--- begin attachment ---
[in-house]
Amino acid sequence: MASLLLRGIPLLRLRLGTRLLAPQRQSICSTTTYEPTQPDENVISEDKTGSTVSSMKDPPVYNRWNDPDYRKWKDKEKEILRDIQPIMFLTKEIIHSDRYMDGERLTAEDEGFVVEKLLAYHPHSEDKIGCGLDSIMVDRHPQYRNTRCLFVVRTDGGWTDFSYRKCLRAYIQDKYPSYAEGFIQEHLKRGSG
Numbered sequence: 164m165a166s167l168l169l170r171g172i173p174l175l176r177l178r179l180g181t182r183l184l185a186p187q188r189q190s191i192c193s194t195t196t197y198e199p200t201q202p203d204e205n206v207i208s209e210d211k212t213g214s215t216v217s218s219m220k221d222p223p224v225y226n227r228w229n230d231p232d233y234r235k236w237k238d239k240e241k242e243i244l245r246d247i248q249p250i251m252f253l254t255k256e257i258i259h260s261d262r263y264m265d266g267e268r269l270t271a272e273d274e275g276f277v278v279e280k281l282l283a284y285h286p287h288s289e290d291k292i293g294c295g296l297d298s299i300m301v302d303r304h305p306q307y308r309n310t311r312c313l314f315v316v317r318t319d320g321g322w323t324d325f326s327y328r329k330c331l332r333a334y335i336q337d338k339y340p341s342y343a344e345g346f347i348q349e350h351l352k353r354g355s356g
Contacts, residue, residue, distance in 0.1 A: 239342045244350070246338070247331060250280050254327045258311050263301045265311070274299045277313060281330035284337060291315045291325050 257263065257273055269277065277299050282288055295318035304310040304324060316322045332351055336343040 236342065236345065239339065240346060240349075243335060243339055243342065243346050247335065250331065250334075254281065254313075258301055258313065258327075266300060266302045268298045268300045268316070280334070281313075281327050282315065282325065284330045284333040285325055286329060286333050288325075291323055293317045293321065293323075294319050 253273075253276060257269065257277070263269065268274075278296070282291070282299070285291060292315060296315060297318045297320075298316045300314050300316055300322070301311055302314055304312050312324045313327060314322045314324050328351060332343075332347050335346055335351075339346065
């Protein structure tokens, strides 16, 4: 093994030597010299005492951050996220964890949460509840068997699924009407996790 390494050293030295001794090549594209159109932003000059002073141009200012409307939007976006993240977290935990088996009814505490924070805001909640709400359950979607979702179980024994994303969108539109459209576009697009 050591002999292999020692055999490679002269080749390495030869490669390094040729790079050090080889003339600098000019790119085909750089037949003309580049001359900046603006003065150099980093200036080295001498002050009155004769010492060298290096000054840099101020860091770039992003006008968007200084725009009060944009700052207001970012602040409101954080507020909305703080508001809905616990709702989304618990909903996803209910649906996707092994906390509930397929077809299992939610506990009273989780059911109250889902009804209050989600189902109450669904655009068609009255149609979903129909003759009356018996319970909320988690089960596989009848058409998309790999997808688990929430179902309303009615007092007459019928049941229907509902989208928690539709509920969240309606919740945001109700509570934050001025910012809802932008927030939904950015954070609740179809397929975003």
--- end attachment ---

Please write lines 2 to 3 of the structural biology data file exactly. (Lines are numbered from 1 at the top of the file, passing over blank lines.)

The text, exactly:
Amino acid sequence: MASLLLRGIPLLRLRLGTRLLAPQRQSICSTTTYEPTQPDENVISEDKTGSTVSSMKDPPVYNRWNDPDYRKWKDKEKEILRDIQPIMFLTKEIIHSDRYMDGERLTAEDEGFVVEKLLAYHPHSEDKIGCGLDSIMVDRHPQYRNTRCLFVVRTDGGWTDFSYRKCLRAYIQDKYPSYAEGFIQEHLKRGSG
Numbered sequence: 164m165a166s167l168l169l170r171g172i173p174l175l176r177l178r179l180g181t182r183l184l185a186p187q188r189q190s191i192c193s194t195t196t197y198e199p200t201q202p203d204e205n206v207i208s209e210d211k212t213g214s215t216v217s218s219m220k221d222p223p224v225y226n227r228w229n230d231p232d233y234r235k236w237k238d239k240e241k242e243i244l245r246d247i248q249p250i251m252f253l254t255k256e257i258i259h260s261d262r263y264m265d266g267e268r269l270t271a272e273d274e275g276f277v278v279e280k281l282l283a284y285h286p287h288s289e290d291k292i293g294c295g296l297d298s299i300m301v302d303r304h305p306q307y308r309n310t311r312c313l314f315v316v317r318t319d320g321g322w323t324d325f326s327y328r329k330c331l332r333a334y335i336q337d338k339y340p341s342y343a344e345g346f347i348q349e350h351l352k353r354g355s356g